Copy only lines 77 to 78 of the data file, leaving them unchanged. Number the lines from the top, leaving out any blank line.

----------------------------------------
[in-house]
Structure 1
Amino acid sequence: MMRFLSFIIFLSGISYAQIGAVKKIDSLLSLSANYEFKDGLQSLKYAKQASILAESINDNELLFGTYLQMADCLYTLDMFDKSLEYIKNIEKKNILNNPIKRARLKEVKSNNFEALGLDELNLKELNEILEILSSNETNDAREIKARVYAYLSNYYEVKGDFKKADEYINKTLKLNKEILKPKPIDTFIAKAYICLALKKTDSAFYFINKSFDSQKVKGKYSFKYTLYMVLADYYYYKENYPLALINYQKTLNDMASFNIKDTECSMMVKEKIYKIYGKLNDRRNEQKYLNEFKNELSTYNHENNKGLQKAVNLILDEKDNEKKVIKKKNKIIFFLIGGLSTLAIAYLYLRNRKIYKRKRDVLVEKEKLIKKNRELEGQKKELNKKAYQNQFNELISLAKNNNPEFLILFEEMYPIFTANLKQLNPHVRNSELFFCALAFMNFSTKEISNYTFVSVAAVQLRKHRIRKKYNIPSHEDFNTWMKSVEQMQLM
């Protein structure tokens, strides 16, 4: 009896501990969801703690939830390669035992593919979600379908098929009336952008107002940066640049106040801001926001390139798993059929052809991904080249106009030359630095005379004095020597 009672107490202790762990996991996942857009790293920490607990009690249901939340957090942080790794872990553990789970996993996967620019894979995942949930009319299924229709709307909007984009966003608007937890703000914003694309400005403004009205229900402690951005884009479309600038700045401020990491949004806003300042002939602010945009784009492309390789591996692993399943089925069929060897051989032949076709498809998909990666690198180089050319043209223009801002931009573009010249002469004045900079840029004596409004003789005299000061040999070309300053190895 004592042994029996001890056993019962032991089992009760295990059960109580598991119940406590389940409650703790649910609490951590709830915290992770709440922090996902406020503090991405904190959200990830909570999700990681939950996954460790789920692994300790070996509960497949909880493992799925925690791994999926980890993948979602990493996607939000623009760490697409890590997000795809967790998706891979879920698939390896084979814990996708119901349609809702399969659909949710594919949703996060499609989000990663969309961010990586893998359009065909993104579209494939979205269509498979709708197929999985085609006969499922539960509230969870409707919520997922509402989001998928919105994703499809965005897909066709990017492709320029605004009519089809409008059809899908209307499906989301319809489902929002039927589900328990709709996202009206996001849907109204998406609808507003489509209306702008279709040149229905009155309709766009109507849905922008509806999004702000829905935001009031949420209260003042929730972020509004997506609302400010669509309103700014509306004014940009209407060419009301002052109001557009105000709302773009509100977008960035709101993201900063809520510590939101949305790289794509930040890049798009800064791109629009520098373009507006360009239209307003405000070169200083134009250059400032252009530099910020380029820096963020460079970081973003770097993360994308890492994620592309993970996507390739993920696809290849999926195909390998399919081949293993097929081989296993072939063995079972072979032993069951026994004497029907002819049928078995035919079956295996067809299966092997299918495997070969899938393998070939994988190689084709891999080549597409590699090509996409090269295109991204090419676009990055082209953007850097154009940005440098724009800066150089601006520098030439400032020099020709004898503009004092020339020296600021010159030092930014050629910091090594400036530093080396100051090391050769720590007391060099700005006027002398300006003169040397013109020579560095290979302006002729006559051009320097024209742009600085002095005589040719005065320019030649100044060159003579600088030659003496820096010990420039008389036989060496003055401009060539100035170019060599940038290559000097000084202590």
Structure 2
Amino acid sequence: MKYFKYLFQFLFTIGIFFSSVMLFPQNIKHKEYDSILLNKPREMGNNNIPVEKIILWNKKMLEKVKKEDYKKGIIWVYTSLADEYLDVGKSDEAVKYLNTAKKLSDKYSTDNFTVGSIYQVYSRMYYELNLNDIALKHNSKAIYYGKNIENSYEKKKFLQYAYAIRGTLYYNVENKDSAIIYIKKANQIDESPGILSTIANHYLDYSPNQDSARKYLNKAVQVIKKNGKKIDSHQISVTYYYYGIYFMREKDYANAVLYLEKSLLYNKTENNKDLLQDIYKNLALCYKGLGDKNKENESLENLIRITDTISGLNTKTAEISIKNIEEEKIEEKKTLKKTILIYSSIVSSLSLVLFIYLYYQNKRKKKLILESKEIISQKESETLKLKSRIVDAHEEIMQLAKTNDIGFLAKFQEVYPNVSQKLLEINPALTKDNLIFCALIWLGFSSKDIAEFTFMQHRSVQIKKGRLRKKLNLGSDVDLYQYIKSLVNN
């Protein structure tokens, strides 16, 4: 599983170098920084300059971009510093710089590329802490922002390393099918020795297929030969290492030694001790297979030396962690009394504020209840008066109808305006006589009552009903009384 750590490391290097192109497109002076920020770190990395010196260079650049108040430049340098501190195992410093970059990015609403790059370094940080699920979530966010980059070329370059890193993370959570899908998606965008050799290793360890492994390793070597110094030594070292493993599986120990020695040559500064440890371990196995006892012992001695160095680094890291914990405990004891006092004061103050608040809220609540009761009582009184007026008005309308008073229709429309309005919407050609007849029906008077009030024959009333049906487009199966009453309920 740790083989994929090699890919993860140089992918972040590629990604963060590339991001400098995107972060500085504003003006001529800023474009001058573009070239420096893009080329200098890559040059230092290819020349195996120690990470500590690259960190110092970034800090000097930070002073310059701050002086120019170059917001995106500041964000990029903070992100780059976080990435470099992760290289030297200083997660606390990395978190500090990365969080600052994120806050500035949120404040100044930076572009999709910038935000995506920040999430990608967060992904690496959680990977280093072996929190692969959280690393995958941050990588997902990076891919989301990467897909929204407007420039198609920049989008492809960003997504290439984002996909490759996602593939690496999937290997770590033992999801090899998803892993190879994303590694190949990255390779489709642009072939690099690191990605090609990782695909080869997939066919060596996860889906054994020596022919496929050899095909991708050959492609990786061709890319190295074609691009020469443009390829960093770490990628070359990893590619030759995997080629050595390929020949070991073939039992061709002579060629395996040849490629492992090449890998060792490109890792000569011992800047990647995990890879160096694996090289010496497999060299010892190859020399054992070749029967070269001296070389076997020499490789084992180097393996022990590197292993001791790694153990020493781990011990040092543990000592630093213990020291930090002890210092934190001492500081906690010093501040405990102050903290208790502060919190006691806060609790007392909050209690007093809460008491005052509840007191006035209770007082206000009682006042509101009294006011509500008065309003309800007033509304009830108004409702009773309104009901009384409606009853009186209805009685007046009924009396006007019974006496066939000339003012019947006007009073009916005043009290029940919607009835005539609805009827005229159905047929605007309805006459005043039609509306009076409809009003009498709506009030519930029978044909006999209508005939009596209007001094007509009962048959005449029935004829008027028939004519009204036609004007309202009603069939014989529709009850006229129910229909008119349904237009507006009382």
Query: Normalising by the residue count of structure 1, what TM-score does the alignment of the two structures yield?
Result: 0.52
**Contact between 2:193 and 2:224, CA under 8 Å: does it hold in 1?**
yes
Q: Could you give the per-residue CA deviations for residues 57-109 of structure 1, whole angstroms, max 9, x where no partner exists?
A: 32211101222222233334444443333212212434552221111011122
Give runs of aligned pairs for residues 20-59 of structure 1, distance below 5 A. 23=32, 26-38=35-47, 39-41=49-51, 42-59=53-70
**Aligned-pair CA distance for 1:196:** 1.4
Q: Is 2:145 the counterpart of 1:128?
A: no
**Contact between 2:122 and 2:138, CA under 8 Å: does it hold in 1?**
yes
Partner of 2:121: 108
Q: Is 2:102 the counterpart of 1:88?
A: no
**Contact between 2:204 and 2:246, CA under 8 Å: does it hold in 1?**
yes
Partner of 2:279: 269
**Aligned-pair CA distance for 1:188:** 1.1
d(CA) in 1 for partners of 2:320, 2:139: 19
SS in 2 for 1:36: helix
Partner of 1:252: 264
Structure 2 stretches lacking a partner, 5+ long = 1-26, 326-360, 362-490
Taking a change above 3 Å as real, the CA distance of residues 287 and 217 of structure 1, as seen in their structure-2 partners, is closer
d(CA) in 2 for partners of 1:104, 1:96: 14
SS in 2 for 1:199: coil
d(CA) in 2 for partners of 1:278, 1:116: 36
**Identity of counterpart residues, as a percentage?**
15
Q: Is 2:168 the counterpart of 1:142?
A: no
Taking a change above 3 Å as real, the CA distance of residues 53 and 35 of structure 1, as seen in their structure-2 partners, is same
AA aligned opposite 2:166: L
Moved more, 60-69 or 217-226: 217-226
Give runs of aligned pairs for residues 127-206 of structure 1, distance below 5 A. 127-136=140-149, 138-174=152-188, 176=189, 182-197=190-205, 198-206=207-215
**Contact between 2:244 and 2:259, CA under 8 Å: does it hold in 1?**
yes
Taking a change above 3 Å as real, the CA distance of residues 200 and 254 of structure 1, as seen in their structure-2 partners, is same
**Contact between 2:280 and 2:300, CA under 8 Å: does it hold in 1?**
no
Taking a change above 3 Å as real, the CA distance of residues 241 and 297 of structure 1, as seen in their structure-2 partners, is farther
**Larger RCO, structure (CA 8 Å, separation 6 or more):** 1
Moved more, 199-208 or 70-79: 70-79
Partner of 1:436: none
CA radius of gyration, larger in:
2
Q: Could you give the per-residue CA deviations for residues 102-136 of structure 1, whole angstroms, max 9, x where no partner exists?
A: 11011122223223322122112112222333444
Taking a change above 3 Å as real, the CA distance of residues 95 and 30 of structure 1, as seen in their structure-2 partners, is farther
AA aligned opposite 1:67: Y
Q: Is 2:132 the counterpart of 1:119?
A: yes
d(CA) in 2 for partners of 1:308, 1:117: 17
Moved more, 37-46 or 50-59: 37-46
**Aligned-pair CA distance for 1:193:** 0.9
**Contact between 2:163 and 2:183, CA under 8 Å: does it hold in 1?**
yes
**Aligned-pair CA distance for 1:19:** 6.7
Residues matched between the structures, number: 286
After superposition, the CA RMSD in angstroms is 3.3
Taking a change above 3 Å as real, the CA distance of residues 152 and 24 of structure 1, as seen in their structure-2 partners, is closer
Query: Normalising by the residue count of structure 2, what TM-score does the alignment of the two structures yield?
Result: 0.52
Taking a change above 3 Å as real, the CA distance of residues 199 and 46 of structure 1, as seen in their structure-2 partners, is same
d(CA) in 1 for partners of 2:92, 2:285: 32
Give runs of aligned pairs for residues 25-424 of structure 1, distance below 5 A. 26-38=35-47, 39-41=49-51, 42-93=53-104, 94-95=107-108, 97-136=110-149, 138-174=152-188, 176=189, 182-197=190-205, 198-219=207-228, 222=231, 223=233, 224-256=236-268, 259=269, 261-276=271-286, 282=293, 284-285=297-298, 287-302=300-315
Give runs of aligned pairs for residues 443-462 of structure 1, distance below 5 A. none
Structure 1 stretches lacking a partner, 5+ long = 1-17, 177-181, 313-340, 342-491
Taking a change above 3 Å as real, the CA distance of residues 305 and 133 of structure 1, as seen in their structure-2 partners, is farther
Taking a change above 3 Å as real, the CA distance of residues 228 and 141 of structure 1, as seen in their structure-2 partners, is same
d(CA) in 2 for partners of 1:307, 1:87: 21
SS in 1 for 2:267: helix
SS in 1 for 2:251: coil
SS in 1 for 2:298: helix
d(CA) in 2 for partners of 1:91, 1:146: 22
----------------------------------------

Taking a change above 3 Å as real, the CA distance of residues 228 and 141 of structure 1, as seen in their structure-2 partners, is same
d(CA) in 2 for partners of 1:307, 1:87: 21